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The Red Book: Everything you need to know

The Red Book: Everything you need to know

The Red Book is an invaluable record of your child’s development and can be used in lots of useful ways. 

In the first few years of your baby’s life, his whirlwind schedule of immunisations, weigh-ins, routine reviews and screenings is documented in his Personal Child Health Record, commonly referred
to as the ‘Red Book’. This Red Book contains all the developmental information you need to know.

You should take it with you to every appointment with your GP, clinic or health advisor, so medics can record details of your child’s weight, height, vaccinations and other important health information. It will record your child’s health and development until he is five.

But the Red Book can be used in many other useful ways too…

Get more from routine check-ups

The Red Book provides a list of milestones and suggests topics you might want to discuss at routine reviews. Read these before your appointment, consider how your child is doing, and ask nursery staff for a second opinion. 

‘Jot down any queries in the book, so you can discuss them,’ says Dr Helen Bedford, chair of the Personal Child Health Records group, the body responsible for the Red Book.

Take your Red Book to non-routine GP appointments too. ‘When you’ve got a poorly child, it can be hard to remember everything a doctor advises,’ Dr Helen says. ‘Ask them to write it down in your book to refer to later.’

Take your Red Book on holiday

It will hopefully never happen, but you might end up in A&E, whether it’s with a Lego brick stuck up a tiny nostril or a rash that clears up as soon as you make it into the consultant’s room. 

‘The hospital might not be able to access your child’s records or contact your GP,’ says Dr Helen. ‘Your Red Book could provide key information, from special needs or allergies to immunisations and growth charts.’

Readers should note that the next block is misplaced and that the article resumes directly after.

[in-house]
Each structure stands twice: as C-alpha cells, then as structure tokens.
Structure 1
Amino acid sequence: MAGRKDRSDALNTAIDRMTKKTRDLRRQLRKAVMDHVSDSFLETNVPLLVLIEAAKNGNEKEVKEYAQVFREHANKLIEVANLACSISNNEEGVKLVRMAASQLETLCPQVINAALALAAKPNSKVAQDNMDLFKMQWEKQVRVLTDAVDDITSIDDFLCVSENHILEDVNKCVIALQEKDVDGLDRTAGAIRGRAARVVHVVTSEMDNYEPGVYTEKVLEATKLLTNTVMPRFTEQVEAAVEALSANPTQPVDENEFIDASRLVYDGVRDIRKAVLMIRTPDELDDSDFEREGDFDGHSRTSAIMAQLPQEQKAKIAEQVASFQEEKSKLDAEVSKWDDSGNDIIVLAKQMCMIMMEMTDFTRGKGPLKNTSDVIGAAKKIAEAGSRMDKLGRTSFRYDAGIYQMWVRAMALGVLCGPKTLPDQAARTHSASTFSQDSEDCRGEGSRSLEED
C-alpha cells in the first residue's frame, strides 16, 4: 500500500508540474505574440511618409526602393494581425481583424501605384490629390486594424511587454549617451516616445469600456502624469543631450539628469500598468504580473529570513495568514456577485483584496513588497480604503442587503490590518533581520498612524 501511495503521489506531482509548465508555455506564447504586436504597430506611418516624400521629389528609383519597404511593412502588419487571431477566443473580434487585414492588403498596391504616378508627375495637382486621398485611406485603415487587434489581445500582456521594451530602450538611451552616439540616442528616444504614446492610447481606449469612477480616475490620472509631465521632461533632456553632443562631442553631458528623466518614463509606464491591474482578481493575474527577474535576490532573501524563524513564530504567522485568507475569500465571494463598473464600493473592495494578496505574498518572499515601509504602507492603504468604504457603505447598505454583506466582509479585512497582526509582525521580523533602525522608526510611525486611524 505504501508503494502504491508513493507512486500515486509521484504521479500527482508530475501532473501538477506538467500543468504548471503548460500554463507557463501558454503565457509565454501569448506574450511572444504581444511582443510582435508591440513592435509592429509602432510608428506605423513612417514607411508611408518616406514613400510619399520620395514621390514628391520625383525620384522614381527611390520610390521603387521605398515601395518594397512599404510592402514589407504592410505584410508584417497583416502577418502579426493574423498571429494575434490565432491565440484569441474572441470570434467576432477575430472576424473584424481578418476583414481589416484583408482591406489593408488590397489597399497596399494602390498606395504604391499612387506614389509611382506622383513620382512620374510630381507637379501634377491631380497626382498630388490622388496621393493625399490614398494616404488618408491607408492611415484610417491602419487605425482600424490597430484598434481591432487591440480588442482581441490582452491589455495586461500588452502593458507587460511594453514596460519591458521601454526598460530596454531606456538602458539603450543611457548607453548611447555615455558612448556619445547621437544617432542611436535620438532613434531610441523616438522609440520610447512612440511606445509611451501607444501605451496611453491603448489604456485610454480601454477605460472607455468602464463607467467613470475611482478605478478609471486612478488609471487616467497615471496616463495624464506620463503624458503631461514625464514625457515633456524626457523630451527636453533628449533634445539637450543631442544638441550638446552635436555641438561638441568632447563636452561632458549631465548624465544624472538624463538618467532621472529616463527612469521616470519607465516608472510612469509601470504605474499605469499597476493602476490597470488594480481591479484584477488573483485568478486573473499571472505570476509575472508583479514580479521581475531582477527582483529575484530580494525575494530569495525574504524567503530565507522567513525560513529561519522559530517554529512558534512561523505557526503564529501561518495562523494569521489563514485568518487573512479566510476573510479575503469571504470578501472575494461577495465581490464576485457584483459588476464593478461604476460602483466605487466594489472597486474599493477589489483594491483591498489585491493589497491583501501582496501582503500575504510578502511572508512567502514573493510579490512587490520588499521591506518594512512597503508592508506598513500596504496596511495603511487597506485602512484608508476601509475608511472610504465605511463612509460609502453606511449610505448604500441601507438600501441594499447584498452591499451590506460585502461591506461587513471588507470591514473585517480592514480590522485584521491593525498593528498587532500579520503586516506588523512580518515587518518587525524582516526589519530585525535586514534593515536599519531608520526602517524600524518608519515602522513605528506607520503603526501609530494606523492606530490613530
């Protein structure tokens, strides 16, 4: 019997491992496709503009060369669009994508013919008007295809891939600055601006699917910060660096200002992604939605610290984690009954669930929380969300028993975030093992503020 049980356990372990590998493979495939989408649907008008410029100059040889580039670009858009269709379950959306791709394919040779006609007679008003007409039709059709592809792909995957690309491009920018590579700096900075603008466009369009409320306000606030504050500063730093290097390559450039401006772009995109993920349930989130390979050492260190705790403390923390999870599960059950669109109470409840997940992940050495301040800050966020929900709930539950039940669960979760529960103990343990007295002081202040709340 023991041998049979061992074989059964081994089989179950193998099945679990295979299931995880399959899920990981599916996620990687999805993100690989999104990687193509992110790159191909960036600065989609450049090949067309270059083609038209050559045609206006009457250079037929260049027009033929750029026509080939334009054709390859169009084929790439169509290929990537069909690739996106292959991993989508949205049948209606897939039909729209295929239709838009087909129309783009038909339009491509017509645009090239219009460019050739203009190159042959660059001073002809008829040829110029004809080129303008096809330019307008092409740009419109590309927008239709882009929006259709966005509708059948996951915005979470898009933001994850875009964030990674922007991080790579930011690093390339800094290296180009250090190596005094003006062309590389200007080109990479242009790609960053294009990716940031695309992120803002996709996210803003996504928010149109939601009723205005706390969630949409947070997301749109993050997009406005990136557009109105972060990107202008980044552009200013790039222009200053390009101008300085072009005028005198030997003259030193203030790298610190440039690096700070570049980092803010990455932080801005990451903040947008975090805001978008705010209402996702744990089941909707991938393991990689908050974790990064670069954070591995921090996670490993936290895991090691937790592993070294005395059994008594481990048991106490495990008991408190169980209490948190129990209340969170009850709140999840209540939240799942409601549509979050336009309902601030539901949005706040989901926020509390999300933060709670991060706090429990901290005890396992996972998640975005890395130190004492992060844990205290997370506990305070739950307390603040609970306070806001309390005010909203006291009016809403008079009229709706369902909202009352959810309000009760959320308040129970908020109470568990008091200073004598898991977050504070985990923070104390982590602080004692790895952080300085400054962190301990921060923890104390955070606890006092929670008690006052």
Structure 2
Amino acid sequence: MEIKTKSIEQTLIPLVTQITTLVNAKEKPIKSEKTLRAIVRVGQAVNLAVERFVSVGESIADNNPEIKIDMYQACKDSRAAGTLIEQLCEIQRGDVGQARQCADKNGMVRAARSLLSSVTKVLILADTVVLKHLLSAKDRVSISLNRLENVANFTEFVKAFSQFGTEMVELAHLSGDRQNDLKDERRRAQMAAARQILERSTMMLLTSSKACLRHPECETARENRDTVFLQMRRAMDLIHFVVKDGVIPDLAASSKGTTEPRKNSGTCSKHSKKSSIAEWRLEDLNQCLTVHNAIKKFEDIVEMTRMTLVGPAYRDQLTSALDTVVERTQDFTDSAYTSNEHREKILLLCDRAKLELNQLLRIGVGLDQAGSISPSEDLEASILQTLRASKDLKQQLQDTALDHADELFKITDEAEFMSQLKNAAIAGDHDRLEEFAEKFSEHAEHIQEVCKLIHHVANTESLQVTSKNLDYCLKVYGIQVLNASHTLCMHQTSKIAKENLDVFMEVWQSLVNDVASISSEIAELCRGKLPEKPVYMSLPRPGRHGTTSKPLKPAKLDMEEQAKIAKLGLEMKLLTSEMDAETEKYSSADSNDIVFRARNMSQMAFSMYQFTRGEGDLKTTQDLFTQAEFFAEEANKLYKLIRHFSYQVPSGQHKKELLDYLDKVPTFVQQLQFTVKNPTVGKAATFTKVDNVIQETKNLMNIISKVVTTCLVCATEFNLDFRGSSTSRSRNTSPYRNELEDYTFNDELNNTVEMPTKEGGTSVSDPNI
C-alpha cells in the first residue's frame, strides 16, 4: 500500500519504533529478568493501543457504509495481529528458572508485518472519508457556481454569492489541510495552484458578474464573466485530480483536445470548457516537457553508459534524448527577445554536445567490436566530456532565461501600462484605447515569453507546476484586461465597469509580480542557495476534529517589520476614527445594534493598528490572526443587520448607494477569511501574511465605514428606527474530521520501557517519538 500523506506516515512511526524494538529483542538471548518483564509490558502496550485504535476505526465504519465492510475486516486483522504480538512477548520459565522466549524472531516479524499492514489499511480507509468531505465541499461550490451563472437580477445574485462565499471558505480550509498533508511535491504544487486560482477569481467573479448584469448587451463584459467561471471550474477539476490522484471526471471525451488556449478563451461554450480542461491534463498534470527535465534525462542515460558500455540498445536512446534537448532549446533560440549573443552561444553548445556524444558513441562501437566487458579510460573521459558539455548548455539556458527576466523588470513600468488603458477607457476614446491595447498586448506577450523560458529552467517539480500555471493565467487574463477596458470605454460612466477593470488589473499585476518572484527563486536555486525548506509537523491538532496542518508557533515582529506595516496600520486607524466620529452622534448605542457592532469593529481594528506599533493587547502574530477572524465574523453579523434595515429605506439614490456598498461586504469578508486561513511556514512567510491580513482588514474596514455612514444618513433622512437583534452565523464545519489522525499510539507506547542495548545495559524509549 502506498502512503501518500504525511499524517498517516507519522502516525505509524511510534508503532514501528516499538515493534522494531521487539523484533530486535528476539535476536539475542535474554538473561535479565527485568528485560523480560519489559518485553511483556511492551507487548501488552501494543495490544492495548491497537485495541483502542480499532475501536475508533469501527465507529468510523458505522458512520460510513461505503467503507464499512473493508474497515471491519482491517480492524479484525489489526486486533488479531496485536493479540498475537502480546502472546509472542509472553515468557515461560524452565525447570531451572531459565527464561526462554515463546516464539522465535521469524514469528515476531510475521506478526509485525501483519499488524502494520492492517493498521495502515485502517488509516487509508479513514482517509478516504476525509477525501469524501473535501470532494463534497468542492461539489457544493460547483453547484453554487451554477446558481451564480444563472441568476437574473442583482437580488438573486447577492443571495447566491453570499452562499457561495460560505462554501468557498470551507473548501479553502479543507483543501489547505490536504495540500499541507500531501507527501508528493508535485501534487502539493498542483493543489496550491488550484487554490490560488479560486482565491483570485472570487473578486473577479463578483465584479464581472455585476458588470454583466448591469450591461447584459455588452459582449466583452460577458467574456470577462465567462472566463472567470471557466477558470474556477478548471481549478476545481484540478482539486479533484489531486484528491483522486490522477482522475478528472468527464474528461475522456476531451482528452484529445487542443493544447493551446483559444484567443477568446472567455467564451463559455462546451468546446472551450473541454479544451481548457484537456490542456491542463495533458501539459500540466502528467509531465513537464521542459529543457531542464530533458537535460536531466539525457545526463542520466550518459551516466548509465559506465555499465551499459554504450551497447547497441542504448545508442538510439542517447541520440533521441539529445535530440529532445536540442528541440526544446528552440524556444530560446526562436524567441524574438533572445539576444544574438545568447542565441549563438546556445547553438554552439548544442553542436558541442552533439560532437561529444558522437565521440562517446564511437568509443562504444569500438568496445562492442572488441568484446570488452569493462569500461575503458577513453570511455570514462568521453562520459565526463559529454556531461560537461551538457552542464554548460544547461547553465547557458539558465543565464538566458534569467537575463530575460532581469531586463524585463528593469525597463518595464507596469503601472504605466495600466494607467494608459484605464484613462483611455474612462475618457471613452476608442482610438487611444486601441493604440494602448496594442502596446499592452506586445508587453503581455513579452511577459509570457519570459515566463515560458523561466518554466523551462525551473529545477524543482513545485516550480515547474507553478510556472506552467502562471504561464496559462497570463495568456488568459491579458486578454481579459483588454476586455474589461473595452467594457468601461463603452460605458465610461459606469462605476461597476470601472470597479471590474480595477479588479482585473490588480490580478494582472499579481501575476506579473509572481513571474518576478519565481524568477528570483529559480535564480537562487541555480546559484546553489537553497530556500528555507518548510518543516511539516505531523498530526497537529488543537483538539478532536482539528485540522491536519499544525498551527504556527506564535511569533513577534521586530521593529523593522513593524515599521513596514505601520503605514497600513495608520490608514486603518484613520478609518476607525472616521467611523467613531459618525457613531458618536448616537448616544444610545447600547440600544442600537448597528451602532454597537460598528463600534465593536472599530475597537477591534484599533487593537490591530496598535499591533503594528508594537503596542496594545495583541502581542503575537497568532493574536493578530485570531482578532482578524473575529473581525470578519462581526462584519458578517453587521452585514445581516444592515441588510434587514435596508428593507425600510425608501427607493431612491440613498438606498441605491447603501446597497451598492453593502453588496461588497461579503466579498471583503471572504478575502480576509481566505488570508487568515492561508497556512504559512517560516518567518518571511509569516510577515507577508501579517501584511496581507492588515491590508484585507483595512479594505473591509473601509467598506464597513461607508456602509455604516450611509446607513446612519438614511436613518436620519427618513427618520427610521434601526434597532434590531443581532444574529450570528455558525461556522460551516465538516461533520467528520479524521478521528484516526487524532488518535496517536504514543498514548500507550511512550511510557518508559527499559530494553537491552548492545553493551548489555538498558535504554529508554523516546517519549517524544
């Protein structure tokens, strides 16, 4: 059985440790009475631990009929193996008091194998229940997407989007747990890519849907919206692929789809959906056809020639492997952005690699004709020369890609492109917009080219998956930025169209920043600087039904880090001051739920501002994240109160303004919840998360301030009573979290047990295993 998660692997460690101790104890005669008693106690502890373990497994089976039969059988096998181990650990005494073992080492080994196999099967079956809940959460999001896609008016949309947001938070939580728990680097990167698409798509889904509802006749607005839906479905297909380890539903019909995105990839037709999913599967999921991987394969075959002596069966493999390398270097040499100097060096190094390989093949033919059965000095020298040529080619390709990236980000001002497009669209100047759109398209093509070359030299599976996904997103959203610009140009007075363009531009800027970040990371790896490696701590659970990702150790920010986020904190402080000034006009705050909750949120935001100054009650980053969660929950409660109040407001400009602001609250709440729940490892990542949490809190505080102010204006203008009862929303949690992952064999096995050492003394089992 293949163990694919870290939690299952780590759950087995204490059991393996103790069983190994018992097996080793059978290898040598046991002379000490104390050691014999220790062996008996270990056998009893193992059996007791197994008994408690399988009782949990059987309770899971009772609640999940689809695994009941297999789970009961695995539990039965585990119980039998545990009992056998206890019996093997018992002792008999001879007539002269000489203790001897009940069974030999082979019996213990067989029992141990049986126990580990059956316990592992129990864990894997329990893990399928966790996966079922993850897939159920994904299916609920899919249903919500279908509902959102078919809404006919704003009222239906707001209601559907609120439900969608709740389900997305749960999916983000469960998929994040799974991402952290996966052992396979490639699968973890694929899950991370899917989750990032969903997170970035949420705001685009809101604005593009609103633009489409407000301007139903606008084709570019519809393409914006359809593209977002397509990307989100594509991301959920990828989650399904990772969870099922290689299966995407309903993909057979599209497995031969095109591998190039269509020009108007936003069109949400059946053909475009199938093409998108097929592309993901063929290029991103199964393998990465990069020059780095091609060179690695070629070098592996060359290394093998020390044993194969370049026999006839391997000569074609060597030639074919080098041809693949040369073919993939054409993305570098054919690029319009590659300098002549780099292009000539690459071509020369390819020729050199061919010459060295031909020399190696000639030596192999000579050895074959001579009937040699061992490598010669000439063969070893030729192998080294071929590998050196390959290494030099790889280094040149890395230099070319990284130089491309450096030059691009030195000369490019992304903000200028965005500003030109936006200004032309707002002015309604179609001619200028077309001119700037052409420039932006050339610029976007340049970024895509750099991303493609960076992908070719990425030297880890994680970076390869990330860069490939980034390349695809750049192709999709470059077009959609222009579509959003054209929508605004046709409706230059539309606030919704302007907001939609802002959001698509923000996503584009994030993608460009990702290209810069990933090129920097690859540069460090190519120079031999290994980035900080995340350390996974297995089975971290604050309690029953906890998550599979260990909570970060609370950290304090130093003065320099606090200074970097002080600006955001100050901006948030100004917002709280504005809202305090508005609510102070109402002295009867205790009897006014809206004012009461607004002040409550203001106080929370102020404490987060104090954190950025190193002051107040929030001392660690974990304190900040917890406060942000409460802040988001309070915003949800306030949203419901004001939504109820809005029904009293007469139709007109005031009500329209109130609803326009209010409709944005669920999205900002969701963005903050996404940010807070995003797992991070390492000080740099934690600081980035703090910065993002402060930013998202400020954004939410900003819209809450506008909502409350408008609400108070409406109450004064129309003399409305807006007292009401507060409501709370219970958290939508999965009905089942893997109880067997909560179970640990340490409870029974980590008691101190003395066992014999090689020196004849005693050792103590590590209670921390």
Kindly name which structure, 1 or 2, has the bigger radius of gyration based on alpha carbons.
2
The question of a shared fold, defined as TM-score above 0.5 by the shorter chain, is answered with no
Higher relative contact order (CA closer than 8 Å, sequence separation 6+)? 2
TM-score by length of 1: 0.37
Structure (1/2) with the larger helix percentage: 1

Plan vaccinations

Talking of holidays… The Red Book’s immunisations guide can do more than remind you when to book appointments for vaccinations and record which ones he’s had and when. 

Your baby may feel under the weather or have a sore arm for a few days following a vaccination, so use this information to plan other events and ensure an upcoming jab that he’s due doesn’t precede a holiday or your return to work. 

Share information with other carers

If and when you choose to use childcare, share the book with your little one’s nursery key worker or childminder. ‘They can better support your child and his individual development if they are aware of how he is hitting milestones,’ says Dr Helen.

See how tall your child might grow

In 2009, the Red Book was updated to incorporate new growth charts that refer to both breast-fed and bottle-fed babies. With your baby’s weight and size plotted on the charts, you’ll have a gauge of how your tot is growing in comparison to the average child.

These growth charts can predict how tall your child will eventually grow to. ‘Track the curve of the line your child is currently following to get a pretty reliable estimate of how tall he will be as an adult,’ says Dr Helen.

Record your child’s development history

The Red Book includes space where you can record your baby’s milestones: the age he first rolls over, sits with support and without, crawls, stands and takes his first steps. It’s important to fill this in, as it could be useful if any problems crop up in the future. 

‘If medical professionals have any concerns about development later on, you might be asked questions like, “When did he say his first word?” It’s very useful if you can answer accurately,’ says Dr Helen. 

Note down any illnesses, accidents and things being ‘not quite right’ too. In the unlikely event of a problem later on, it will be useful for medical staff to look back over this history.

Create a long-term immunisation record

‘I still use my children’s Red Books to record their immunisations, even though they’re teenagers’ says Helen. ‘It’s brilliantly useful to have a central record – and some employers require an immunisation history.’

Make a memory book

Don’t forget to show your Red Book to the most important person of all: your child. When he turns 18, put the Red Book in a box with his first blanket, shoes and hospital bracelet. One day he’ll read through it and realise what an amazing job you did of taking care of him.

 
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